"Because we think it probably is" doesn't really seem to be "beyond reasonable doubt"


Not difficult to ask the accused under oath what device he had sat in a phone cradle...
southpaw82
QUOTE (peterguk @ Fri, 1 Jun 2018 - 18:49) *
QUOTE (djtaylor @ Fri, 1 Jun 2018 - 18:46) *
Isn't it up to the prosecution to prove that it is in fact a phone and not a satnav/dashcam/MP3 player etc.?

The picture as I remember it, was not exactly clear.

"Because we think it probably is" doesn't really seem to be "beyond reasonable doubt"


Not difficult to ask the accused under oath what device he had sat in a phone cradle...

If he chooses to give evidence.
Dwain
QUOTE (southpaw82 @ Fri, 1 Jun 2018 - 19:20) *
QUOTE (peterguk @ Fri, 1 Jun 2018 - 18:49) *
QUOTE (djtaylor @ Fri, 1 Jun 2018 - 18:46) *
Isn't it up to the prosecution to prove that it is in fact a phone and not a satnav/dashcam/MP3 player etc.?

The picture as I remember it, was not exactly clear.

"Because we think it probably is" doesn't really seem to be "beyond reasonable doubt"


Not difficult to ask the accused under oath what device he had sat in a phone cradle...

If he chooses to give evidence.


So to assist the OP, what you are suggesting is that they plead not guilty to the mobile phone offense and get a solicitor to attend court and ask the procection to prove that it was in fact a mobile phone and not a sat nav. As they will not be in court they cannot be asked to give evidence?

Or have I got it wrong?
peterguk
OP claims is was in a cradle at all times. So doesn't matter if it was a mobile phone.
cp8759
QUOTE (peterguk @ Sat, 2 Jun 2018 - 11:07) *
OP claims is was in a cradle at all times. So doesn't matter if it was a mobile phone.

Depends, a court might say he was "holding" it even if it was in a cradle.

QUOTE (Dwain @ Sat, 2 Jun 2018 - 10:29) *
So to assist the OP, what you are suggesting is that they plead not guilty to the mobile phone offense and get a solicitor to attend court and ask the procection to prove that it was in fact a mobile phone and not a sat nav. As they will not be in court they cannot be asked to give evidence?

Or have I got it wrong?

While technically the OP could attend court himself and simply state he does not wish to enter the witness box (no one can be compelled to give evidence in their own trial as they have a right to silence), sending a solicitor instead makes it harder to draw an "adverse inference" under section 35 of the Criminal Justice and Public Order Act 1994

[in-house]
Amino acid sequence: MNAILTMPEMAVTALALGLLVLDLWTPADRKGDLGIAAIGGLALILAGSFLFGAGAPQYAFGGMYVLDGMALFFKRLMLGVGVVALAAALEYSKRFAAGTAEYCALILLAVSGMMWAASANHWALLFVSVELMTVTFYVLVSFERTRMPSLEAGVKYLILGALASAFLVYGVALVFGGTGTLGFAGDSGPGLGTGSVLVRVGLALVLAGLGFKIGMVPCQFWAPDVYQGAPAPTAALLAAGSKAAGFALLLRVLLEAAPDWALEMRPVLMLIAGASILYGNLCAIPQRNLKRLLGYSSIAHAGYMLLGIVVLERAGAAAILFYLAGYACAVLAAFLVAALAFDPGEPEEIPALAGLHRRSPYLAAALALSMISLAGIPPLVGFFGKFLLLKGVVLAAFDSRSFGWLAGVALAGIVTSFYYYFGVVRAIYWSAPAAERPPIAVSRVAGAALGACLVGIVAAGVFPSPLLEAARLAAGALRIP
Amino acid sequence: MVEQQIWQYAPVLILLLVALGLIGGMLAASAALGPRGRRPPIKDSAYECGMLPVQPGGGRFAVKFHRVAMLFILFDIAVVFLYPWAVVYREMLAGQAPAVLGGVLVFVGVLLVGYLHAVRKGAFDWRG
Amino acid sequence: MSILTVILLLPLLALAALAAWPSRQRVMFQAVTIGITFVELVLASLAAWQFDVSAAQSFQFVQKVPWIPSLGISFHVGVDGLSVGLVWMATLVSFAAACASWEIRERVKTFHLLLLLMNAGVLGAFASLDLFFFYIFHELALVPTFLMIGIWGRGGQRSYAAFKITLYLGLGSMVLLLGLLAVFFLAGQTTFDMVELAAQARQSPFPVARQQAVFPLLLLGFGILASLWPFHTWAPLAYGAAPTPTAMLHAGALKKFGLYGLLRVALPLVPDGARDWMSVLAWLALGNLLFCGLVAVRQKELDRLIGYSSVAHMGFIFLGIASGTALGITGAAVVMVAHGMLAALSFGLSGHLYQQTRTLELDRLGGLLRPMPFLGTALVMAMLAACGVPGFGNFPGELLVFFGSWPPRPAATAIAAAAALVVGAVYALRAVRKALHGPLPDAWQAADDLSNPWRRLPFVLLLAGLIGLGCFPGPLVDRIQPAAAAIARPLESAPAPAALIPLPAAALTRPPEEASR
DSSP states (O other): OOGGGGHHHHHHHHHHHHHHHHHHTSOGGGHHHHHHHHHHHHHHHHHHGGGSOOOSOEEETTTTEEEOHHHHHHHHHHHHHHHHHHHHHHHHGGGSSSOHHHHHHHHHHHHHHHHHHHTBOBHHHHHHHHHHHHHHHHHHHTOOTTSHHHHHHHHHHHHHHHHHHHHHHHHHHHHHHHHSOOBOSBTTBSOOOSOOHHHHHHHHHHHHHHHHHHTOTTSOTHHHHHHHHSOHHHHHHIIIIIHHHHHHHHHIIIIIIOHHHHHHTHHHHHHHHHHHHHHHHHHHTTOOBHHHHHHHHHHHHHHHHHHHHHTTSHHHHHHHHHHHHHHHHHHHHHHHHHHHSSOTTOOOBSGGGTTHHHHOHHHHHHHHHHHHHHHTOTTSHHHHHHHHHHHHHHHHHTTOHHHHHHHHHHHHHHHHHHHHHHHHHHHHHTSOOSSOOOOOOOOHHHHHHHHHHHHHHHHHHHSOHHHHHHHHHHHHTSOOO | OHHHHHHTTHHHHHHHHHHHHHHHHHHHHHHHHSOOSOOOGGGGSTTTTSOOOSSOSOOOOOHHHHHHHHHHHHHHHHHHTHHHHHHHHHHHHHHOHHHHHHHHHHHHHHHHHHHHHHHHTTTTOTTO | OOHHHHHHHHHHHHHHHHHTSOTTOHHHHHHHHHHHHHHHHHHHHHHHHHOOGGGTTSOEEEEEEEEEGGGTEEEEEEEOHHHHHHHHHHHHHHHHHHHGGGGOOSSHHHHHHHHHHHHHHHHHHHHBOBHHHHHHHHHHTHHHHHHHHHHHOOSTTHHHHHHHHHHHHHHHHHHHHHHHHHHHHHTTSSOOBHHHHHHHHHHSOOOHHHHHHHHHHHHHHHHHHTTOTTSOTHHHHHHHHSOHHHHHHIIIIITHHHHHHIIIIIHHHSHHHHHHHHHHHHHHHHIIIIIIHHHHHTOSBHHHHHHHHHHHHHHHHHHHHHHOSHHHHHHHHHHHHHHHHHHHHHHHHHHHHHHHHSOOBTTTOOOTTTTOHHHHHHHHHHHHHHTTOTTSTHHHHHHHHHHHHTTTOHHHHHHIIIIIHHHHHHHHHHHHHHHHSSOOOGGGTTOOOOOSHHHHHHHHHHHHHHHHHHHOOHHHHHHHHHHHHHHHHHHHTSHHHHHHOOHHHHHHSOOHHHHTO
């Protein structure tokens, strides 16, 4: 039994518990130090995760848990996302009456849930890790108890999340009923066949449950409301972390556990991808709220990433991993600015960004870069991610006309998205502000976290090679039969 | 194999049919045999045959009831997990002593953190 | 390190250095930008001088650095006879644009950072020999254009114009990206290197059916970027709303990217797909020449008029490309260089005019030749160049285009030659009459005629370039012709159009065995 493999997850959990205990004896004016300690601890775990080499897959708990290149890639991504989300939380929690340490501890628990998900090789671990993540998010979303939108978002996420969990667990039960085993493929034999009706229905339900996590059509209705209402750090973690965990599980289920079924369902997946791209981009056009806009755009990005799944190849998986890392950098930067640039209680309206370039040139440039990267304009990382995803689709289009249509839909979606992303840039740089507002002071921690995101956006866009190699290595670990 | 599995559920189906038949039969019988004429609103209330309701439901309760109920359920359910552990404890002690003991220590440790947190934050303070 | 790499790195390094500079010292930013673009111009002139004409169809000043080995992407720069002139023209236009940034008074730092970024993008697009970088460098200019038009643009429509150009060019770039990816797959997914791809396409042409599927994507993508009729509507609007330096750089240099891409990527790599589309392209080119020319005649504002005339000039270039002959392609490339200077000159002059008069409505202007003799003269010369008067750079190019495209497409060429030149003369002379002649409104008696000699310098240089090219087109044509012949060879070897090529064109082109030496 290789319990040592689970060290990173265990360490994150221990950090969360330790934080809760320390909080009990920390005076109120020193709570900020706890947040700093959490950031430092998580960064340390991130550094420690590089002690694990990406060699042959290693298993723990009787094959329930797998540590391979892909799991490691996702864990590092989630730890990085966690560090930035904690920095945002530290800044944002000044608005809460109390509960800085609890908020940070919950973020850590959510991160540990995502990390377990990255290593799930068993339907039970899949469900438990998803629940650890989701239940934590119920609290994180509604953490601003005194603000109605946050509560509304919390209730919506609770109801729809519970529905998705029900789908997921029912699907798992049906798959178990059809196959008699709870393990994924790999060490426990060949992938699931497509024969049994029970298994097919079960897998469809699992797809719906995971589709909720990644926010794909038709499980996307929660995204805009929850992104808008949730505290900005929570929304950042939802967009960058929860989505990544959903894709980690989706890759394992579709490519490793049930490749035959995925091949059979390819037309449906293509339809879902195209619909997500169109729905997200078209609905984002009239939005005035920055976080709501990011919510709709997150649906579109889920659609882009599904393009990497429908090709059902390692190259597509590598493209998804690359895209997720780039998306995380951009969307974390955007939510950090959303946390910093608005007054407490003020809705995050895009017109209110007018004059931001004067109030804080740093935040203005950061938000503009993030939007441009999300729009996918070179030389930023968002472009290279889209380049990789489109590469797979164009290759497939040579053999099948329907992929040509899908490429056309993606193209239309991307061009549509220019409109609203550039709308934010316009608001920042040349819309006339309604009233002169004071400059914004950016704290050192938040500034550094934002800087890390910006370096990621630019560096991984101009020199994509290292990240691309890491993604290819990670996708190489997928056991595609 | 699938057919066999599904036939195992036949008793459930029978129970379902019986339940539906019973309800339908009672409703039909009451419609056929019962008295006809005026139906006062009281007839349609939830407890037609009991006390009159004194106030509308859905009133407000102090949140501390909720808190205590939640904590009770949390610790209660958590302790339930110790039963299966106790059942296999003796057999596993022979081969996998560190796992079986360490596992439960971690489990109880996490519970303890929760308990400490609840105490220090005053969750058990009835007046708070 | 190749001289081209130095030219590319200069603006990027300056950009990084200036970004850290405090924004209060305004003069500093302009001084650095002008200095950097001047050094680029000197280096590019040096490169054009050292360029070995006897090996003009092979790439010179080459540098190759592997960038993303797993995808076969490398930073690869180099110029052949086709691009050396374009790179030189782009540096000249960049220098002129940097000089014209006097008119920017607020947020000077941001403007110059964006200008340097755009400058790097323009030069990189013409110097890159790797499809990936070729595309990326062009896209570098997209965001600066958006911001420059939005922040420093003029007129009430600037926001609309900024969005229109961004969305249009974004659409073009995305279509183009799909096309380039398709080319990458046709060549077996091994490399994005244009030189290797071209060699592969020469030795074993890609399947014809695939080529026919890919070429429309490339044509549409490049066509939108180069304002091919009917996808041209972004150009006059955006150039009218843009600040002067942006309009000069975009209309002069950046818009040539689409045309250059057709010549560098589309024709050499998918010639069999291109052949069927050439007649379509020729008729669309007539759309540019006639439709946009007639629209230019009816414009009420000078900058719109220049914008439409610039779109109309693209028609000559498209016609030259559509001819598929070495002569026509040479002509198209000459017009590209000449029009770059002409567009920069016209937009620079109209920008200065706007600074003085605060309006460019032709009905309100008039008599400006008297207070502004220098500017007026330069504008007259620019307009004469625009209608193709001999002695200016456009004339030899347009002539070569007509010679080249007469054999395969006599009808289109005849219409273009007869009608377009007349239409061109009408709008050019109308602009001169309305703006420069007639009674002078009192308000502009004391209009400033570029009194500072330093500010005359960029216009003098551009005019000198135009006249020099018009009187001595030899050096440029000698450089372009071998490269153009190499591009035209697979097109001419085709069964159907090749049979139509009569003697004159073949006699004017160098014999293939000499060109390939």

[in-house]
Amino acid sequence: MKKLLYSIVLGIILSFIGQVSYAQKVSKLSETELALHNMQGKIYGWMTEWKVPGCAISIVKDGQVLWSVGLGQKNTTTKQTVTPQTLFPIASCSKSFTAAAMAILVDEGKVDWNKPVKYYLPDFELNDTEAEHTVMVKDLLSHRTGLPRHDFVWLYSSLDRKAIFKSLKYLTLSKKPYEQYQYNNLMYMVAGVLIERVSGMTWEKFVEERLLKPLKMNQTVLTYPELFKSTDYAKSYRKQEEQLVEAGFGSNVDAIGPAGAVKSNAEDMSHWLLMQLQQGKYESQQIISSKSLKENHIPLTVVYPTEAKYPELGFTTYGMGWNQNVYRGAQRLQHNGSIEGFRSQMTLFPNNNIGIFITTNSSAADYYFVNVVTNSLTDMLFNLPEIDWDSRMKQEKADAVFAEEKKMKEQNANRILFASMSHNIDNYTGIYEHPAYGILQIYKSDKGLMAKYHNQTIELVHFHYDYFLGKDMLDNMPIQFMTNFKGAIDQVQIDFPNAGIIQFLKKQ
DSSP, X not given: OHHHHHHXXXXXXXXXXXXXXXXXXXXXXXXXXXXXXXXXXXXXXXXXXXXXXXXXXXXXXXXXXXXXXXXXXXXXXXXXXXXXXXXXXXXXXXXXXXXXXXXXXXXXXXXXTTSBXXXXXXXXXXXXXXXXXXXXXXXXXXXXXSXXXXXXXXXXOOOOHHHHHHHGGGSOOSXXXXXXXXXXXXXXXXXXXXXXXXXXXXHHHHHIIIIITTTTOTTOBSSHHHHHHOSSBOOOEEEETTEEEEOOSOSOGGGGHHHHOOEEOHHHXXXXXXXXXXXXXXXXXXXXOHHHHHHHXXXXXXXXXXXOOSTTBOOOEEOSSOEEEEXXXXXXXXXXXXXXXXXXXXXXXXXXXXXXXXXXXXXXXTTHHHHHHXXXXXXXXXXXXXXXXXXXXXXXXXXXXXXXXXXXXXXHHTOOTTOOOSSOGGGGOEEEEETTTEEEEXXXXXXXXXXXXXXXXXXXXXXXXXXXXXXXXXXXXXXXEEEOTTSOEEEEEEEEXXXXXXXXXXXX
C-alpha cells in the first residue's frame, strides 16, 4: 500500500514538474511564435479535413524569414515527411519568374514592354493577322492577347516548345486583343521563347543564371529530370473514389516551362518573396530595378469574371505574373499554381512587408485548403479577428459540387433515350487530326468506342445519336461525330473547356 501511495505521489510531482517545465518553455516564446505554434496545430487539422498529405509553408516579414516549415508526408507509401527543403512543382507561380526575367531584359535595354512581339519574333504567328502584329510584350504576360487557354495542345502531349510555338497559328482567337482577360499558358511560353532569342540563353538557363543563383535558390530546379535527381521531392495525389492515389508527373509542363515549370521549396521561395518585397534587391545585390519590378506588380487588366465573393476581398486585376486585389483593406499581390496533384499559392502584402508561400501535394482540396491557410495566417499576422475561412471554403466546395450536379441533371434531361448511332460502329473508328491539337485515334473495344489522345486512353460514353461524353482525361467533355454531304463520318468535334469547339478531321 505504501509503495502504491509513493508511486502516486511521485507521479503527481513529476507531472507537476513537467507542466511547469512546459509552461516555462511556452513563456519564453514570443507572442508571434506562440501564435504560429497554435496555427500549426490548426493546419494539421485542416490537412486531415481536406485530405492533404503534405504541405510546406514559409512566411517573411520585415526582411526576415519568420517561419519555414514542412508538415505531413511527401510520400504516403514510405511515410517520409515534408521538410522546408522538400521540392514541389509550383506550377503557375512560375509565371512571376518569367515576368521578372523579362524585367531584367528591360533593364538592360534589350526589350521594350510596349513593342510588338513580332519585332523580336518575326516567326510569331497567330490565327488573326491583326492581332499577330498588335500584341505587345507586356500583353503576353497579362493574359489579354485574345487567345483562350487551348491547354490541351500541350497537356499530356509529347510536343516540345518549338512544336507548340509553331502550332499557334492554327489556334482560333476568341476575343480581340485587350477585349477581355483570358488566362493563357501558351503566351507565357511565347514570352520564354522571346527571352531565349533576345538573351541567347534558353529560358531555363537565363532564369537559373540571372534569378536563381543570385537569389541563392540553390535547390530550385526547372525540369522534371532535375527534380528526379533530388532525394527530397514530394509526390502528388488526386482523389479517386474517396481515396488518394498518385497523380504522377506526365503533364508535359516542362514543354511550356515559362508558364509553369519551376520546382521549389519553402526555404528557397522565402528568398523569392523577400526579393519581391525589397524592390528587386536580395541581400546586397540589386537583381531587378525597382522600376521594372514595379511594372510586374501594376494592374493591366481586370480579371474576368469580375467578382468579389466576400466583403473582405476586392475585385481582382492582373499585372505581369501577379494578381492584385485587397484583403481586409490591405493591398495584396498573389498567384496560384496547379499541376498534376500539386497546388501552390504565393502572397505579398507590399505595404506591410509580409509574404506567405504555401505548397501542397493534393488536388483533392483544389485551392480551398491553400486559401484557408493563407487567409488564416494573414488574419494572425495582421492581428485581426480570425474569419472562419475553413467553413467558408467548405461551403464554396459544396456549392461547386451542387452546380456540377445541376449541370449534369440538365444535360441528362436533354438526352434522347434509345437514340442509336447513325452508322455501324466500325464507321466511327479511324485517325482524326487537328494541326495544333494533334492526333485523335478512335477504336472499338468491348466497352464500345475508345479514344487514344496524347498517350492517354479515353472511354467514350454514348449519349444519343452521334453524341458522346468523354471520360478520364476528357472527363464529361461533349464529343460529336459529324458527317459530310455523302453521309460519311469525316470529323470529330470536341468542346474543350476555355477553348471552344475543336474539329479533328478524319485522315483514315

peterguk
QUOTE (cp8759 @ Sat, 2 Jun 2018 - 11:34) *
QUOTE (peterguk @ Sat, 2 Jun 2018 - 11:07) *
OP claims is was in a cradle at all times. So doesn't matter if it was a mobile phone.

Depends, a court might say he was "holding" it even if it was in a cradle.


You'd be unlucky to end up with a court finding you were holding an object yet had nothing in your hand!
southpaw82
QUOTE (Dwain @ Sat, 2 Jun 2018 - 10:29) *
QUOTE (southpaw82 @ Fri, 1 Jun 2018 - 19:20) *
QUOTE (peterguk @ Fri, 1 Jun 2018 - 18:49) *
QUOTE (djtaylor @ Fri, 1 Jun 2018 - 18:46) *
Isn't it up to the prosecution to prove that it is in fact a phone and not a satnav/dashcam/MP3 player etc.?

The picture as I remember it, was not exactly clear.

"Because we think it probably is" doesn't really seem to be "beyond reasonable doubt"


Not difficult to ask the accused under oath what device he had sat in a phone cradle...

If he chooses to give evidence.


So to assist the OP, what you are suggesting is that they plead not guilty to the mobile phone offense and get a solicitor to attend court and ask the procection to prove that it was in fact a mobile phone and not a sat nav. As they will not be in court they cannot be asked to give evidence?

Or have I got it wrong?

I’m not suggesting anything. I am pointing out that an accused is not obliged to give evidence.
mdann52
QUOTE (peterguk @ Sat, 2 Jun 2018 - 11:40) *
QUOTE (cp8759 @ Sat, 2 Jun 2018 - 11:34) *
QUOTE (peterguk @ Sat, 2 Jun 2018 - 11:07) *
OP claims is was in a cradle at all times. So doesn't matter if it was a mobile phone.

Depends, a court might say he was "holding" it even if it was in a cradle.


You'd be unlucky to end up with a court finding you were holding an object yet had nothing in your hand!


I mean, the photo could be inferred either way (IMO) - unfortunately, may well come down to the bench on the day, as is being proved here now!
DancingDad
QUOTE (mdann52 @ Sun, 3 Jun 2018 - 22:04) *
........I mean, the photo could be inferred either way (IMO) - unfortunately, may well come down to the bench on the day, as is being proved here now!


If I were a magistrate I would be making my mind up from the video not a selected still...assuming there is a video.
djtaylor
Video or not, my question was whether it is up to the prosecution to prove that the device in question, whether in a cradle, hand held or whatever, was in fact a phone and not just "because it probably was"?
southpaw82
QUOTE (djtaylor @ Sun, 3 Jun 2018 - 22:55) *
Video or not, my question was whether it is up to the prosecution to prove that the device in question, whether in a cradle, hand held or whatever, was in fact a phone and not just "because it probably was"?

Well, it’s an element of the offence, so unless admitted it’s up to the prosecution to prove it.
ford poplar
IMO already decided. If satnav is receiving real time data from a sat, it is a telecommunications device. The only question, was it hand-held at time of alleged incident?
The Rookie
QUOTE (ford poplar @ Mon, 4 Jun 2018 - 03:22) *
IMO already decided. If satnav is receiving real time data from a sat, it is a telecommunications device.

I think it's any data it receives terrestrially that makes it a telecommunications device, there is an argument that receiving a time and location from a satellite isn't telecommunications which is usually classed as an exchange of information not necessarily just a random receipt.